The metaphor of ambidexterity has been used by researchers to refer to the ability of the organization to maintain dual attention on exploration and exploitation activities in order to survive and excel the present, and secure the future, by creating potential for sustainable growth in future.
Managing this duality is a challenge as often the needs of both these activities are contradictory. With business environment becoming increasingly dynamic, it is becoming more essential for start-up firms to balance their attention and resource allocation for exploration and exploitation activities.
In our interaction with several start-up founders for another research, we found that at times start-ups were too focused on exploring the new, and engaged in too much experimentation, and in the process lost the scope of exploiting the outputs of their exploration activities. At the same time, we found start-up firms which seemed to be getting over-engaged in exploitation. However, it is unclear how start-ups cope with the dilemma of exploration and exploitation. In this article, we raise the need for investigating the mechanisms of how ambidexterity is managed in the growth phase of start-up firms.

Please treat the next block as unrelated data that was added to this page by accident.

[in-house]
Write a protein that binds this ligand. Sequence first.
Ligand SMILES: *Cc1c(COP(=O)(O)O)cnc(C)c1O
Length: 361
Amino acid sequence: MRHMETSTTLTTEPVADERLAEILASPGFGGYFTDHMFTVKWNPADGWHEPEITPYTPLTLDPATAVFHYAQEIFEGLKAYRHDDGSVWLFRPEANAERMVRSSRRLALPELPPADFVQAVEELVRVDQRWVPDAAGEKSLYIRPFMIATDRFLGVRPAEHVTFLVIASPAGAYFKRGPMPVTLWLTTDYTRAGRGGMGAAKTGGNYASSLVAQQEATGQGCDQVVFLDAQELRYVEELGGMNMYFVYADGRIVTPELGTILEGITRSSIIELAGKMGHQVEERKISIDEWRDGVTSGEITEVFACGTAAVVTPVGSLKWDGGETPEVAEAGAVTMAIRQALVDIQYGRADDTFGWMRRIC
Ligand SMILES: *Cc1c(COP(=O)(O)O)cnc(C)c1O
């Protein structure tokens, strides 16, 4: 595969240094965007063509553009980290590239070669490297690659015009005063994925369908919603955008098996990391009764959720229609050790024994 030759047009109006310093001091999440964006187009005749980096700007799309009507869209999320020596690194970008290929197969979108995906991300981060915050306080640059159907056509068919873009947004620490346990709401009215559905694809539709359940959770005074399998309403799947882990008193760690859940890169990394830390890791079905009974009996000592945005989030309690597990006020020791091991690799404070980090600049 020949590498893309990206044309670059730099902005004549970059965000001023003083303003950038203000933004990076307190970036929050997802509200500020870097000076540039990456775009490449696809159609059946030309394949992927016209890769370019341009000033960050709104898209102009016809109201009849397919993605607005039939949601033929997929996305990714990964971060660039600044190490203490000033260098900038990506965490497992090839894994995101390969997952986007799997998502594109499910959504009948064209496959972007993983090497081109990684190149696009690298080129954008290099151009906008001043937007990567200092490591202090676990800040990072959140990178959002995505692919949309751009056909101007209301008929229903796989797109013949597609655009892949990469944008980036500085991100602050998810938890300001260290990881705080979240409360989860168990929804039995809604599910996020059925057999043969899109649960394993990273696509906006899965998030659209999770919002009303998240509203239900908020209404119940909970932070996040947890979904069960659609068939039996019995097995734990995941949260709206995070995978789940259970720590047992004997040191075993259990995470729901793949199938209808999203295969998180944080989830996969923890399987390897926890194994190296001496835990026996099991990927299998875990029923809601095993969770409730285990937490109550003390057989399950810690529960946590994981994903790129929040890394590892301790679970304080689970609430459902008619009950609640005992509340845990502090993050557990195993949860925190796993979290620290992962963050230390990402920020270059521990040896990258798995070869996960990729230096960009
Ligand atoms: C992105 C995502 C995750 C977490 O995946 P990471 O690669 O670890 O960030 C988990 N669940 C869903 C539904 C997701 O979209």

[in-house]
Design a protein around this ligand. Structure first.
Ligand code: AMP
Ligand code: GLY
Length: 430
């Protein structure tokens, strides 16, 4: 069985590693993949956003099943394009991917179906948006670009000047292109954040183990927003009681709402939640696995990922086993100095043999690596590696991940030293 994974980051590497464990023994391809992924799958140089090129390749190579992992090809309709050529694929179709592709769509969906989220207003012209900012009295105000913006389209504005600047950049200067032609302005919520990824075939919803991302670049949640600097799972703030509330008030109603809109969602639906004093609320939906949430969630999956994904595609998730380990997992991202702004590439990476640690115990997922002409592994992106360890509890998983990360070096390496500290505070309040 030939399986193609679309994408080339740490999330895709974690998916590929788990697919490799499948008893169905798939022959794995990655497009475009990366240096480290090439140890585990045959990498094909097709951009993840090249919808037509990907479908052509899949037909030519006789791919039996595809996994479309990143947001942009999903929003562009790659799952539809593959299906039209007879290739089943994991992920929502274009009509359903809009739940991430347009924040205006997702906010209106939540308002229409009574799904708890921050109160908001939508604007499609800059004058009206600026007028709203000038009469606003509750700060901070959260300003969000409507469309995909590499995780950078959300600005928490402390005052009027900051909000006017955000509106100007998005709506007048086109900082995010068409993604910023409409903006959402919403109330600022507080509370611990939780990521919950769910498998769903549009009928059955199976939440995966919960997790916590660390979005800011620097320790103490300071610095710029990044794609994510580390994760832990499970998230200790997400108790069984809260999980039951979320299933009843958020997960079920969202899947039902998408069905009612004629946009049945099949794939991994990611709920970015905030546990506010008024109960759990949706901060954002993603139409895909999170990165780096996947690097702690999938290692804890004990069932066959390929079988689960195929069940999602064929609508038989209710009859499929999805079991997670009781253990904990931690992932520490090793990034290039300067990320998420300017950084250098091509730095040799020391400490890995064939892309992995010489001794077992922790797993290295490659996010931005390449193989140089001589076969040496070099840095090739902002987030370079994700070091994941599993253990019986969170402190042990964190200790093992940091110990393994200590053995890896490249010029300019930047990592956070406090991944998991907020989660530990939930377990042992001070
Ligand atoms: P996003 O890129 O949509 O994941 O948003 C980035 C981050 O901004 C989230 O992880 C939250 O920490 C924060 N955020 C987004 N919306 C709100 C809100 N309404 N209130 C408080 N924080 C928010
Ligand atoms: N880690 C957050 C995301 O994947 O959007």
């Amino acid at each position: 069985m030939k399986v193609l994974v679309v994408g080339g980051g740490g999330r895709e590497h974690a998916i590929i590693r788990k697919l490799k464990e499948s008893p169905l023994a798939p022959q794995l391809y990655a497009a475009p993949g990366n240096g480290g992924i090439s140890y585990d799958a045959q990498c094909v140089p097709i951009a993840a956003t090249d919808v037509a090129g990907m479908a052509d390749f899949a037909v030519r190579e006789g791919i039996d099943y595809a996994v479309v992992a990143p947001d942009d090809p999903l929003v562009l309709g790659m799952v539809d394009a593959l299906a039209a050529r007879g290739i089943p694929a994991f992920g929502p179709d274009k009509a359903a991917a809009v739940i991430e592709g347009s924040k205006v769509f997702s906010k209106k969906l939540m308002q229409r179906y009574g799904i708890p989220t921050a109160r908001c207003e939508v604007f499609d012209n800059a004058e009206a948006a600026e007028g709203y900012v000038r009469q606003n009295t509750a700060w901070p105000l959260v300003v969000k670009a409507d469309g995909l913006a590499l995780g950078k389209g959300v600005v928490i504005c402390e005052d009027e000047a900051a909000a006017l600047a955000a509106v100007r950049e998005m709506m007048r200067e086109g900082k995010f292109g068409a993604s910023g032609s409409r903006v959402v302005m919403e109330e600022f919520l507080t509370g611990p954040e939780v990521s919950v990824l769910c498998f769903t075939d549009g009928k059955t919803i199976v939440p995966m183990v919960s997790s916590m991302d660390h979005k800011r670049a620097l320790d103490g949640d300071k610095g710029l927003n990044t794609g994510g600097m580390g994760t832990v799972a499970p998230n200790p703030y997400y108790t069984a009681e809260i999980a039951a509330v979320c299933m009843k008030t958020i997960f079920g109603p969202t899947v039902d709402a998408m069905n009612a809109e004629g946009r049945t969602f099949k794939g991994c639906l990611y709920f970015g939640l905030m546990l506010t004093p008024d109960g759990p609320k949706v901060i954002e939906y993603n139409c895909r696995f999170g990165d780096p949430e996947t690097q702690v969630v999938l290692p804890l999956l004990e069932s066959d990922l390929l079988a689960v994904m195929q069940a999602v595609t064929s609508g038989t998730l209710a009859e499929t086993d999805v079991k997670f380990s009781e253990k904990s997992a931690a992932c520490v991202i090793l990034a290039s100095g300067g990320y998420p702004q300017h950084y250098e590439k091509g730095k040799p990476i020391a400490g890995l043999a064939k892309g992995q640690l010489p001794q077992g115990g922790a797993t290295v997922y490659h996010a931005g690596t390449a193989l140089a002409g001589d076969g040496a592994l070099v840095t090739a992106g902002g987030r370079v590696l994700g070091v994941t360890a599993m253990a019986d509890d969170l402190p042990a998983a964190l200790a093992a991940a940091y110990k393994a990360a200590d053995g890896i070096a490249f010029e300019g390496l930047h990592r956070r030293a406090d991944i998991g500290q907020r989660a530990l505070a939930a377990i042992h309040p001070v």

The article starts with the discussion on why focusing on exploration and exploitation at the same time in the organization is so challenging. Thereafter, the discussion extends to how the theme of ambidexterity has developed drawing from different streams of literature and the mechanisms of managing ambidexterity. The article then looks into how this dilemma operates in the case of start-up firms in their growth phase, the role of top management teams (TMTs) in the process of managing ambidexterity and the effect of ambidexterity on firm performance.
THE CONFLICT BETWEEN EXPLORATION AND EXPLOITATION ACTIVITIES
Exploration refers to the discovery of new products, resources, knowledge and opportunities, and it is associated with radical changes and learning through experimentation. Exploitation refers to the refinement of existing products, resources, knowledge and competencies, and is associated with incremental changes and learning through local search (Benner & Tushman, 2003; March, 1991).
The unknown needs to be discovered or explored, and the known needs to be exploited, to generate more rents for the organization. Exploration involves activities such as search, variation, risk taking, experimentation, discovery, and innovation. Exploitation involves activities such as refinement, efficiency, selection, implementation, and execution (March, 1991). The activities of exploration and exploitation are also different in terms of their organizational structures, processes, cultures, and capabilities (Ghemawat & RicartCosta, 1993).
In the case of exploration, returns are less certain and more distant in time, whereas in the case of exploitation, the returns are more certain and achievable in a shorter timeframe. Thus, as described by March (1991), exploration and exploitation place essentially conflicting demands on organizational resources, and so trade-offs between exploration and exploitation are seen as unavoidable.